Common Real Estate Scams And How To Avoid Them

During the housing bubble scams commonly manifested among fraudulent brokers issuing predatory loans or, as home flipping reached a feverish pitch, real estate gurus charging tens of thousands for get-rich-quick courses. When the bubble burst, many of those same swindlers set their sights on cash-strapped folks facing foreclosure.

But as housing recovers and technology evolves, real estate scams have not subsided. Rather, despite government initiatives on both the federal and state level, they’ve blossomed into more elaborate and sophisticated ploys.

Rental Scams

The scam: Most renters search for homes and apartments online.  Scammers take advantage of internet listing data of actual homes for rent or sale and repost them as their own on popular sites like Craigslist. The scammer may ask for a security deposit or broker fee upfront.  The most common scam is to ask for a fee for a phony credit check.  This scammer will collect this fee from sometimes hundreds of people and then simply disappear.  If prospective renters do hear anything at all back from the “agent” again, it will be to issue a denial of their “application”.

How to spot it: Be wary if you’re asked to wire any money upfront, especially if you’ve never met or signed a contract.  Some scammers have actually gained access to homes, advertising and showing them at alluringly low prices, so don’t let your guard down just because the “agent” has walked you around a home.  Finally (do we really have to say this?), if the person responding to your inquiry is out of the country, but asks you to wire any fees to someone, don’t walk, run!

Read more about rental scams on the FTC’s website.

Loan Modification Scams

The scam: Millions of homeowners have faced foreclosure in the last five years and millions more are still underwater on their mortgages.  The sheer desperation of these borrowers have led them to be prey for those running loan modification scams. A number of scams fall into this category: fake foreclosure counseling, forensic loan auditing, non-existent class action lawsuits, leaseback programs and fraudulent “government” modification programs.  Most of these scams begin with a simple phone call to a distressed homeowner, promising a lifeline in the form of a foreclosure related service.  In almost all cases you will be asked for fees to get the process started. In the fake leaseback deal, you surrender the title or deed to your home.

How to spot it: Again, be wary of telephone callers asking for fees upfront. Scammers have gotten better over the years and know that it may take 3-4 telephone meetings before you feel comfortable paying a fee. Foreclosure counseling is provided for free from agencies approved by Housing and Urban Development, a government agency.  Before accepting any loan modification, contact a reputable lender to investigate your options and compare the offers. Most large lenders, like AmeriSave, are approved to offer government housing programs like the Home Affordable Refinance Program (HARP).  AmeriSave, having been in business for over 10 years and continued to operate while the housing bubble burst, is a direct lender that has refinanced hundreds of thousands of homes.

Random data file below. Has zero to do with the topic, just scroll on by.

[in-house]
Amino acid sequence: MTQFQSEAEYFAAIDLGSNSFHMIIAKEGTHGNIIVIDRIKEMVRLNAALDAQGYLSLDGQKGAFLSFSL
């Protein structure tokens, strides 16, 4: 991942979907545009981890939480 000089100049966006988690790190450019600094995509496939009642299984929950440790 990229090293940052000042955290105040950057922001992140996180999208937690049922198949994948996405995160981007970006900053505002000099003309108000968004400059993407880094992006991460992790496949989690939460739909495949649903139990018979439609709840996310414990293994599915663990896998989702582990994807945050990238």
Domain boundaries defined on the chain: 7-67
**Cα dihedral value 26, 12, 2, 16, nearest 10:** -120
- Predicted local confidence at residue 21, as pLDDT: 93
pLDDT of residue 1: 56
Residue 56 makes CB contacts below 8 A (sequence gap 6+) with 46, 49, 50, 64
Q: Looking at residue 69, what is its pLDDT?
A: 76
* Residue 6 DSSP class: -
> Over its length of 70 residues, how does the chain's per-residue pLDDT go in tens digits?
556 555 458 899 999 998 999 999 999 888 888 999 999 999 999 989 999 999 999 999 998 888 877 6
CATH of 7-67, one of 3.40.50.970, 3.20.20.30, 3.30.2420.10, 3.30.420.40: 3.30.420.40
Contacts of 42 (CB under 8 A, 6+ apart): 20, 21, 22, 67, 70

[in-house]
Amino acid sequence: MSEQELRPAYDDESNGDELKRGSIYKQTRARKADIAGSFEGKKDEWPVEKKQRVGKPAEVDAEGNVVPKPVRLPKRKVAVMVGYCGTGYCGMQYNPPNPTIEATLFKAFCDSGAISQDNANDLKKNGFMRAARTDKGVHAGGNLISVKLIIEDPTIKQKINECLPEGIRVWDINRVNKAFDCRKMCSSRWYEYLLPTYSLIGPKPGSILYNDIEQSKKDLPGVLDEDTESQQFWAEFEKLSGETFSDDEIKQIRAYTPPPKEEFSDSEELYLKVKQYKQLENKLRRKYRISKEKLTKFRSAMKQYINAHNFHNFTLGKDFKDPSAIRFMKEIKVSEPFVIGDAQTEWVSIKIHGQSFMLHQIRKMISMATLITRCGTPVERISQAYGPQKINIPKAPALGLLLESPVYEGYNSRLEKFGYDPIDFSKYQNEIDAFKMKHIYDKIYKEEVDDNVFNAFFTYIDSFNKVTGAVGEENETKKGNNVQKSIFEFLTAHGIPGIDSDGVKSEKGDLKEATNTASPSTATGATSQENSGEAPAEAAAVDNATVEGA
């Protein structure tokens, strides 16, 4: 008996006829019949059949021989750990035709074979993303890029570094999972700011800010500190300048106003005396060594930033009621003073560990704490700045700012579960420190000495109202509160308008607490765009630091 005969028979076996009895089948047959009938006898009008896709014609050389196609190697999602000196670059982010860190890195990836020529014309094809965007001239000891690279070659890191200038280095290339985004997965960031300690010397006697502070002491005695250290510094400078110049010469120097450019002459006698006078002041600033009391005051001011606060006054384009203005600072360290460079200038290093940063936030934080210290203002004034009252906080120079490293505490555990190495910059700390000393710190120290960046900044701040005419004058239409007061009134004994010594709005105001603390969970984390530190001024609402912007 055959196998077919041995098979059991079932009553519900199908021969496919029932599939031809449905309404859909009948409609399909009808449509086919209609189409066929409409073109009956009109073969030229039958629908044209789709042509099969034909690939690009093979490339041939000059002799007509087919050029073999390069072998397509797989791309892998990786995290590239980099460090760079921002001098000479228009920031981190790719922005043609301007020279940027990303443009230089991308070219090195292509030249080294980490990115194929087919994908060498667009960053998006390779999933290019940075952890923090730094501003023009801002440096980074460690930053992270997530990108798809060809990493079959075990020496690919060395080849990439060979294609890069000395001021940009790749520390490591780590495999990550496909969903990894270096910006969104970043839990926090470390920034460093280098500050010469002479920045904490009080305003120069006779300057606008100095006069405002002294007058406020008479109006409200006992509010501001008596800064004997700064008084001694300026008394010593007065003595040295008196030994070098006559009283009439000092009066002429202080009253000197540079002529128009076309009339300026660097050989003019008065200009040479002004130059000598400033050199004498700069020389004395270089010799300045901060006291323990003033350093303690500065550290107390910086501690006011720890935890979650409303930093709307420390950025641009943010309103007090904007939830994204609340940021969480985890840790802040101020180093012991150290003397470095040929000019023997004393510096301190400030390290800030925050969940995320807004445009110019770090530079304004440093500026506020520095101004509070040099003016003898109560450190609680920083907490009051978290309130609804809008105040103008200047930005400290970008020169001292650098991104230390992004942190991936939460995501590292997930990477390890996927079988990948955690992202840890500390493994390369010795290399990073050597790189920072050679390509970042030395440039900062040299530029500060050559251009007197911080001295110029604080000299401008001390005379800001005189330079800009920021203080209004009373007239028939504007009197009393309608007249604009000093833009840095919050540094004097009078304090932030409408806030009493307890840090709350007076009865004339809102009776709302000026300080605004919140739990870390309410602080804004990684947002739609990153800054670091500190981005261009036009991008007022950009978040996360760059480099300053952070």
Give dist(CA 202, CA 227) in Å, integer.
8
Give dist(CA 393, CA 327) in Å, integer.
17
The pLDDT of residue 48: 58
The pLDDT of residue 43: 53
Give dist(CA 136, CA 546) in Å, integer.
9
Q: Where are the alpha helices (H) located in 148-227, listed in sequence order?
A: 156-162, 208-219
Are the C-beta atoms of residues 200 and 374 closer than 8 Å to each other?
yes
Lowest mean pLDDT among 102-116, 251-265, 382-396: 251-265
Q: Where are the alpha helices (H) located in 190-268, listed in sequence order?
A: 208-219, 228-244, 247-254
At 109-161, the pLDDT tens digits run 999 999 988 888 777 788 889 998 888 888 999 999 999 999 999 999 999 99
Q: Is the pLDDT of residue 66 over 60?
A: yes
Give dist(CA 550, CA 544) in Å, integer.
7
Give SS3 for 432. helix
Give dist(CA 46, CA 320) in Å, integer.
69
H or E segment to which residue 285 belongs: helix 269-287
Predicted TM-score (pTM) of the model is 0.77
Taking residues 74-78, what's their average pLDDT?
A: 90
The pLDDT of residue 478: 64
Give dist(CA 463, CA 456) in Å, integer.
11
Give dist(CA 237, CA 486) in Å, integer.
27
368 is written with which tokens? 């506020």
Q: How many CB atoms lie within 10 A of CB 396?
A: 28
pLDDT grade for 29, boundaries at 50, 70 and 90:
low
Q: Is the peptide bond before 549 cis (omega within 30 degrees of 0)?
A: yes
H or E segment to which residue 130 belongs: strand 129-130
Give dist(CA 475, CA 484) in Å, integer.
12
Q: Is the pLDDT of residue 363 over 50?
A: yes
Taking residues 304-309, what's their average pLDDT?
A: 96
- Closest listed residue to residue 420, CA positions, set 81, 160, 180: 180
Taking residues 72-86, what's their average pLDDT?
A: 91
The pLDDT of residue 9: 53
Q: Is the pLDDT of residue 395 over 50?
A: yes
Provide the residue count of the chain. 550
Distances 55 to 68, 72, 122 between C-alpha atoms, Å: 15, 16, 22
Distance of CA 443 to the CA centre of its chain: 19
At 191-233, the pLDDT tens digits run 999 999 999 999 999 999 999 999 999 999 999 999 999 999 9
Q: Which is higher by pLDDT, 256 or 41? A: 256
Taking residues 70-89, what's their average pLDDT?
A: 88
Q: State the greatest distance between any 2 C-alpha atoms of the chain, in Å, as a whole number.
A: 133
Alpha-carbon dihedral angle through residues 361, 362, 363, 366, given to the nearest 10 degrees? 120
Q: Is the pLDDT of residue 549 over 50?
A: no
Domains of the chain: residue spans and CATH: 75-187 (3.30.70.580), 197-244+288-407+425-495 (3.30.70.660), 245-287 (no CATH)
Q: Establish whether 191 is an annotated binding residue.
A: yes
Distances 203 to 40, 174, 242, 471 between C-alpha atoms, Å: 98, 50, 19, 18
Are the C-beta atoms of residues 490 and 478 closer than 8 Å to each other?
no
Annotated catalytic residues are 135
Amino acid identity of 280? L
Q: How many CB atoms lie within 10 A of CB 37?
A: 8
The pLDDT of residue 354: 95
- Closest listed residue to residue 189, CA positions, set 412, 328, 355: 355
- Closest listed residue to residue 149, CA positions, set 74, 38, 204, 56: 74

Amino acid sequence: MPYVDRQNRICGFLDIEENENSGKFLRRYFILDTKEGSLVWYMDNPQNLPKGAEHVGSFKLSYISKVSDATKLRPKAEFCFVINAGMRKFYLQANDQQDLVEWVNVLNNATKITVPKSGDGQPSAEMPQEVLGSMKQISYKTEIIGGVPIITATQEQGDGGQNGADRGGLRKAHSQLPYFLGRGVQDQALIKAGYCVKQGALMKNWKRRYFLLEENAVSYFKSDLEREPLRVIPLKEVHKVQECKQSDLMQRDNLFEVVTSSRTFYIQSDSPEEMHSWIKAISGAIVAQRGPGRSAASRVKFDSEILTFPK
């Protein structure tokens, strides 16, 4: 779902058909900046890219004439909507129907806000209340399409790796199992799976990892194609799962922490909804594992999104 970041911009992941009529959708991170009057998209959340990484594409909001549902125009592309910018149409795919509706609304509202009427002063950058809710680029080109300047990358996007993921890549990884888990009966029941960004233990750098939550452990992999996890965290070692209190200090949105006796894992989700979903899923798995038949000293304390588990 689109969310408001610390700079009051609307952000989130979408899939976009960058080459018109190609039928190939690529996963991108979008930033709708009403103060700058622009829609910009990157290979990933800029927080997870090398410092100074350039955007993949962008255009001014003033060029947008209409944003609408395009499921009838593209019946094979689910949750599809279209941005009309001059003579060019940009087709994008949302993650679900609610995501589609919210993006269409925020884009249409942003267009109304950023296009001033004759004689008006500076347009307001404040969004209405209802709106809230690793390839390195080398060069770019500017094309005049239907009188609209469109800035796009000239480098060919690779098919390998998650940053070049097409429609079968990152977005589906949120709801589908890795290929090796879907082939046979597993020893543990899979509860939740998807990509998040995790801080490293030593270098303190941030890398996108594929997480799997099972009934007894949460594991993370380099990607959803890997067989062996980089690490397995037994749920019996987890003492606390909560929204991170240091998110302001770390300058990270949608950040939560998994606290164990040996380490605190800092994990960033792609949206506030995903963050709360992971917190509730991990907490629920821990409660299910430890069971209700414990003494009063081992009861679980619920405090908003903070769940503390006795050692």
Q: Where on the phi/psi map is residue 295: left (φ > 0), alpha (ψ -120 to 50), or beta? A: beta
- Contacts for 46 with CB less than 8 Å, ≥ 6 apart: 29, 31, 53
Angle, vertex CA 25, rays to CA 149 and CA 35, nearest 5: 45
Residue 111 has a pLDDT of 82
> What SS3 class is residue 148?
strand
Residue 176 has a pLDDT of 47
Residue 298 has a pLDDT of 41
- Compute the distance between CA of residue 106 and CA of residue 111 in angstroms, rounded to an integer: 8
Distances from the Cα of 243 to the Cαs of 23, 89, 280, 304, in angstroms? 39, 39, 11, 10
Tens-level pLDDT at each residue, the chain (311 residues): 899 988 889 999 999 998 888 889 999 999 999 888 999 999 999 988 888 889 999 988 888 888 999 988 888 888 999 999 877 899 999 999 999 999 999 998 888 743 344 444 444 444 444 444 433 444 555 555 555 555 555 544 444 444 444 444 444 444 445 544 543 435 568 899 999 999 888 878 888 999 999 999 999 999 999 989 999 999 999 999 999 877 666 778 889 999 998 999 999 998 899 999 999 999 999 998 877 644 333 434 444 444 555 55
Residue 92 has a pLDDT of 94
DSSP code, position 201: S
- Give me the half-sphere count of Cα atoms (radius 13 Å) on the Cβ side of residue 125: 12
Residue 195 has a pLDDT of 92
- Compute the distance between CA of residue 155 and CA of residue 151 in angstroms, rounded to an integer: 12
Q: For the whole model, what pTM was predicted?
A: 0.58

Check current mortgage rates here.

Read more at Loan Modification Scam Alert.

Workshop Scams

The scam: Get-rich-quick schemes have been around since houses were built out of mud and stone. With historically low mortgage rates more people have renewed their interest in investing in real estate.  Many self-proclaimed real estate investing experts hold educational seminars promising to divulge the secret of making millions through real estate investing with a course that costs little to no money.  You leave the course, having spent more cash on an advanced course that offered nothing but mystery and vague tips.  Your options for recourse are few, as when you enrolled in the course, you signed a release that prevents you from taking legal action.

How to spot it: Not every workshop or real estate expert is a con-artist. Avoid being scammed by doing your homework. Ask your investment advisor, read up online and check out the company’s Better Business Bureau rating.

Real Estate News: No Housing Bubble In Sight

The following article appeared in Mortgage Professional America on July 17th, 2013.

Some are saying that the sharp rise in mortgage interest rates in June, driven by bond market responses to the Fed, is leading to a bubbling housing market. But CoreLogic shares a more optimistic housing recovery outlook in its July MarketPulse Report.

CoreLogic Chief Economist Mark Fleming, Ph.D., and Deputy Chief Economist Sam Khater say the market is not experiencing a housing bubble. Instead, the recent rise in mortgage rates is helping to slow the pace of current appreciation, preventing another bubble.

“Rates would have to rise appreciably higher to cause a housing market downturn,” the economists wrote in the report.

Instead, housing affordability is near its height due to historically low interest rates and home prices.